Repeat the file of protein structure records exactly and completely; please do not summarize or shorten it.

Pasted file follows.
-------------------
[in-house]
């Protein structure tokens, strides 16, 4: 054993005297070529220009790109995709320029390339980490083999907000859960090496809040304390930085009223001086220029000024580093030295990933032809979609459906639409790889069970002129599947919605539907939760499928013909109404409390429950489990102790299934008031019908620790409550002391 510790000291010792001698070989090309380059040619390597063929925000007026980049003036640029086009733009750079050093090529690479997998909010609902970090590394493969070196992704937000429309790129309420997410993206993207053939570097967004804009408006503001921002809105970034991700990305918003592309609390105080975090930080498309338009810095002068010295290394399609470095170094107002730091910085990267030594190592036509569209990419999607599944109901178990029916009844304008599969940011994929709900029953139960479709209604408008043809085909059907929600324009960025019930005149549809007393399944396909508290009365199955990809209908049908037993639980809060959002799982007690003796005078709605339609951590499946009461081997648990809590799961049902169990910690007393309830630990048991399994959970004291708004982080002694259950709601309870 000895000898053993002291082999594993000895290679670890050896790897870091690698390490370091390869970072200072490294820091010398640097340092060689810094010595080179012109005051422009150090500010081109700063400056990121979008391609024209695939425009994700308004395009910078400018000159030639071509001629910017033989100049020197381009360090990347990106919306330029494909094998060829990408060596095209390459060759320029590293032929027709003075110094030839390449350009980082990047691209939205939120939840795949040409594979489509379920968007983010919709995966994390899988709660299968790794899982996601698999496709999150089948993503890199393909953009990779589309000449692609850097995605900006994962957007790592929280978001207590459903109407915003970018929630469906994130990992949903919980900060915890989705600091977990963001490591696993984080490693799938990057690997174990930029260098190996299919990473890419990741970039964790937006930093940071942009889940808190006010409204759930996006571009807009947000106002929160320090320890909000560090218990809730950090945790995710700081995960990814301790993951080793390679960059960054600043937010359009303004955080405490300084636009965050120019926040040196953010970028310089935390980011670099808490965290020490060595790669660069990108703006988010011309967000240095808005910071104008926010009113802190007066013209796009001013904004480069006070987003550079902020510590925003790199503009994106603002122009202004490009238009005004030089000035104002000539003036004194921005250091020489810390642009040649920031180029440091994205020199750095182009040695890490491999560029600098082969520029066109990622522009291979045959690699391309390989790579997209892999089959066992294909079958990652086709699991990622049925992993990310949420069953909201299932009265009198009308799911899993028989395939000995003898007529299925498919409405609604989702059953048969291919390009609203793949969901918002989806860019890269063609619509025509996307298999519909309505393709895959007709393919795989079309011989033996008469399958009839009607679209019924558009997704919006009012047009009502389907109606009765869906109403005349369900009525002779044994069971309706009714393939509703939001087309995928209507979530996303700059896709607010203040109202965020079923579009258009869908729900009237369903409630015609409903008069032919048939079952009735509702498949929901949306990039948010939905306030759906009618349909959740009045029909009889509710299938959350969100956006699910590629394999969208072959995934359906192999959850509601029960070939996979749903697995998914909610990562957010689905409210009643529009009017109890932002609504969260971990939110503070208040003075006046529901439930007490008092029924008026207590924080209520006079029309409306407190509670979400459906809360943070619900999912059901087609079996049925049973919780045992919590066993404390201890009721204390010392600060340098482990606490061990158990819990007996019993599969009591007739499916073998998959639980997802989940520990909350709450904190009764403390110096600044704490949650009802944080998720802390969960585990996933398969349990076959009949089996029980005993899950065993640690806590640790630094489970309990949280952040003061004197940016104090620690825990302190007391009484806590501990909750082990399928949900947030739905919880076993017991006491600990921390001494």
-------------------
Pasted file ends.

[in-house]
């Protein structure tokens, strides 16, 4: 054993005297070529220009790109995709320029390339980490083999907000859960090496809040304390930085009223001086220029000024580093030295990933032809979609459906639409790889069970002129599947919605539907939760499928013909109404409390429950489990102790299934008031019908620790409550002391 510790000291010792001698070989090309380059040619390597063929925000007026980049003036640029086009733009750079050093090529690479997998909010609902970090590394493969070196992704937000429309790129309420997410993206993207053939570097967004804009408006503001921002809105970034991700990305918003592309609390105080975090930080498309338009810095002068010295290394399609470095170094107002730091910085990267030594190592036509569209990419999607599944109901178990029916009844304008599969940011994929709900029953139960479709209604408008043809085909059907929600324009960025019930005149549809007393399944396909508290009365199955990809209908049908037993639980809060959002799982007690003796005078709605339609951590499946009461081997648990809590799961049902169990910690007393309830630990048991399994959970004291708004982080002694259950709601309870 000895000898053993002291082999594993000895290679670890050896790897870091690698390490370091390869970072200072490294820091010398640097340092060689810094010595080179012109005051422009150090500010081109700063400056990121979008391609024209695939425009994700308004395009910078400018000159030639071509001629910017033989100049020197381009360090990347990106919306330029494909094998060829990408060596095209390459060759320029590293032929027709003075110094030839390449350009980082990047691209939205939120939840795949040409594979489509379920968007983010919709995966994390899988709660299968790794899982996601698999496709999150089948993503890199393909953009990779589309000449692609850097995605900006994962957007790592929280978001207590459903109407915003970018929630469906994130990992949903919980900060915890989705600091977990963001490591696993984080490693799938990057690997174990930029260098190996299919990473890419990741970039964790937006930093940071942009889940808190006010409204759930996006571009807009947000106002929160320090320890909000560090218990809730950090945790995710700081995960990814301790993951080793390679960059960054600043937010359009303004955080405490300084636009965050120019926040040196953010970028310089935390980011670099808490965290020490060595790669660069990108703006988010011309967000240095808005910071104008926010009113802190007066013209796009001013904004480069006070987003550079902020510590925003790199503009994106603002122009202004490009238009005004030089000035104002000539003036004194921005250091020489810390642009040649920031180029440091994205020199750095182009040695890490491999560029600098082969520029066109990622522009291979045959690699391309390989790579997209892999089959066992294909079958990652086709699991990622049925992993990310949420069953909201299932009265009198009308799911899993028989395939000995003898007529299925498919409405609604989702059953048969291919390009609203793949969901918002989806860019890269063609619509025509996307298999519909309505393709895959007709393919795989079309011989033996008469399958009839009607679209019924558009997704919006009012047009009502389907109606009765869906109403005349369900009525002779044994069971309706009714393939509703939001087309995928209507979530996303700059896709607010203040109202965020079923579009258009869908729900009237369903409630015609409903008069032919048939079952009735509702498949929901949306990039948010939905306030759906009618349909959740009045029909009889509710299938959350969100956006699910590629394999969208072959995934359906192999959850509601029960070939996979749903697995998914909610990562957010689905409210009643529009009017109890932002609504969260971990939110503070208040003075006046529901439930007490008092029924008026207590924080209520006079029309409306407190509670979400459906809360943070619900999912059901087609079996049925049973919780045992919590066993404390201890009721204390010392600060340098482990606490061990158990819990007996019993599969009591007739499916073998998959639980997802989940520990909350709450904190009764403390110096600044704490949650009802944080998720802390969960585990996933398969349990076959009949089996029980005993899950065993640690806590640790630094489970309990949280952040003061004197940016104090620690825990302190007391009484806590501990909750082990399928949900947030739905919880076993017991006491600990921390001494």